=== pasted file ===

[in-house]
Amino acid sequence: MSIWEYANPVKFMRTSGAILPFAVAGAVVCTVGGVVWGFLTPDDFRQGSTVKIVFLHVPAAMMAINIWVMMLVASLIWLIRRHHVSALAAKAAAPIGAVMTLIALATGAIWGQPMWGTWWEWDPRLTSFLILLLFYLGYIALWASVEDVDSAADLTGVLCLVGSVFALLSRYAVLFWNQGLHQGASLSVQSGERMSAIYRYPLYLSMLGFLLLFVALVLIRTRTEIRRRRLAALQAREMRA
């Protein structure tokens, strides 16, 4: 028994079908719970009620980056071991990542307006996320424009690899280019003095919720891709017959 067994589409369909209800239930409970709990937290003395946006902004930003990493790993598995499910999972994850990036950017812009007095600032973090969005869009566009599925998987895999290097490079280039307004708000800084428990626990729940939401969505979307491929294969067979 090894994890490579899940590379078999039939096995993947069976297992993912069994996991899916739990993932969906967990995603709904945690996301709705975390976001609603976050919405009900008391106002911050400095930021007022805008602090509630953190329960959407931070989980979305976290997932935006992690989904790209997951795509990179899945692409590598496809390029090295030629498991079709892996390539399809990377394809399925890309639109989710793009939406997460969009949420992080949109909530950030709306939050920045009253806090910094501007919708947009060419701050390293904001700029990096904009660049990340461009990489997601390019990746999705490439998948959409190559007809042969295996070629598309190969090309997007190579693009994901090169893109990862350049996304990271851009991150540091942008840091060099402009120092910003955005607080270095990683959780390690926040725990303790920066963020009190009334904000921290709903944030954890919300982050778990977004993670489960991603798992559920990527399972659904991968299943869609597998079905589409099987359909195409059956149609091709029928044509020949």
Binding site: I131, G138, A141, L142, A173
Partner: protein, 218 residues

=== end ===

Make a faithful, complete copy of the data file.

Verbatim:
[in-house]
Amino acid sequence: MSIWEYANPVKFMRTSGAILPFAVAGAVVCTVGGVVWGFLTPDDFRQGSTVKIVFLHVPAAMMAINIWVMMLVASLIWLIRRHHVSALAAKAAAPIGAVMTLIALATGAIWGQPMWGTWWEWDPRLTSFLILLLFYLGYIALWASVEDVDSAADLTGVLCLVGSVFALLSRYAVLFWNQGLHQGASLSVQSGERMSAIYRYPLYLSMLGFLLLFVALVLIRTRTEIRRRRLAALQAREMRA
């Protein structure tokens, strides 16, 4: 028994079908719970009620980056071991990542307006996320424009690899280019003095919720891709017959 067994589409369909209800239930409970709990937290003395946006902004930003990493790993598995499910999972994850990036950017812009007095600032973090969005869009566009599925998987895999290097490079280039307004708000800084428990626990729940939401969505979307491929294969067979 090894994890490579899940590379078999039939096995993947069976297992993912069994996991899916739990993932969906967990995603709904945690996301709705975390976001609603976050919405009900008391106002911050400095930021007022805008602090509630953190329960959407931070989980979305976290997932935006992690989904790209997951795509990179899945692409590598496809390029090295030629498991079709892996390539399809990377394809399925890309639109989710793009939406997460969009949420992080949109909530950030709306939050920045009253806090910094501007919708947009060419701050390293904001700029990096904009660049990340461009990489997601390019990746999705490439998948959409190559007809042969295996070629598309190969090309997007190579693009994901090169893109990862350049996304990271851009991150540091942008840091060099402009120092910003955005607080270095990683959780390690926040725990303790920066963020009190009334904000921290709903944030954890919300982050778990977004993670489960991603798992559920990527399972659904991968299943869609597998079905589409099987359909195409059956149609091709029928044509020949």
Binding site: I131, G138, A141, L142, A173
Partner: protein, 218 residues